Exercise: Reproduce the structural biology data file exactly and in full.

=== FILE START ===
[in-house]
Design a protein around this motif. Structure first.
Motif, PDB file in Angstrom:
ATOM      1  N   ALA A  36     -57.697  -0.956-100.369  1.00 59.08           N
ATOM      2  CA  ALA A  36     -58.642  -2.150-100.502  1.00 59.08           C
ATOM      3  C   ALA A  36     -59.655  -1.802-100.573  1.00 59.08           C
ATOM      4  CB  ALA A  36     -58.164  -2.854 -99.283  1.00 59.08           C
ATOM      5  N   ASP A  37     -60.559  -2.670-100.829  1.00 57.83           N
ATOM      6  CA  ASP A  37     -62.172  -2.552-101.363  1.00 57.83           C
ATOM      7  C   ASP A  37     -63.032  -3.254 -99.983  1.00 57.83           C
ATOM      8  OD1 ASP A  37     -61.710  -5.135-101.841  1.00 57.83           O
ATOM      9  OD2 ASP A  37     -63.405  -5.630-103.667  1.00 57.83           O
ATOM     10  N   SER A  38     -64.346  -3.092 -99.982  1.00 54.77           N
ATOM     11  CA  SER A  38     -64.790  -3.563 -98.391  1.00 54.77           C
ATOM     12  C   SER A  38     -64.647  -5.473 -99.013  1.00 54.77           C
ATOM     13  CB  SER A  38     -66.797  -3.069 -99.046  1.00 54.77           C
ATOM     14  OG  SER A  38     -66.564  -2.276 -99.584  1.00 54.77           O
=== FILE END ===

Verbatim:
[in-house]
Design a protein around this motif. Structure first.
Motif, PDB file in Angstrom:
ATOM      1  N   ALA A  36     -57.697  -0.956-100.369  1.00 59.08           N
ATOM      2  CA  ALA A  36     -58.642  -2.150-100.502  1.00 59.08           C
ATOM      3  C   ALA A  36     -59.655  -1.802-100.573  1.00 59.08           C
ATOM      4  CB  ALA A  36     -58.164  -2.854 -99.283  1.00 59.08           C
ATOM      5  N   ASP A  37     -60.559  -2.670-100.829  1.00 57.83           N
ATOM      6  CA  ASP A  37     -62.172  -2.552-101.363  1.00 57.83           C
ATOM      7  C   ASP A  37     -63.032  -3.254 -99.983  1.00 57.83           C
ATOM      8  OD1 ASP A  37     -61.710  -5.135-101.841  1.00 57.83           O
ATOM      9  OD2 ASP A  37     -63.405  -5.630-103.667  1.00 57.83           O
ATOM     10  N   SER A  38     -64.346  -3.092 -99.982  1.00 54.77           N
ATOM     11  CA  SER A  38     -64.790  -3.563 -98.391  1.00 54.77           C
ATOM     12  C   SER A  38     -64.647  -5.473 -99.013  1.00 54.77           C
ATOM     13  CB  SER A  38     -66.797  -3.069 -99.046  1.00 54.77           C
ATOM     14  OG  SER A  38     -66.564  -2.276 -99.584  1.00 54.77           O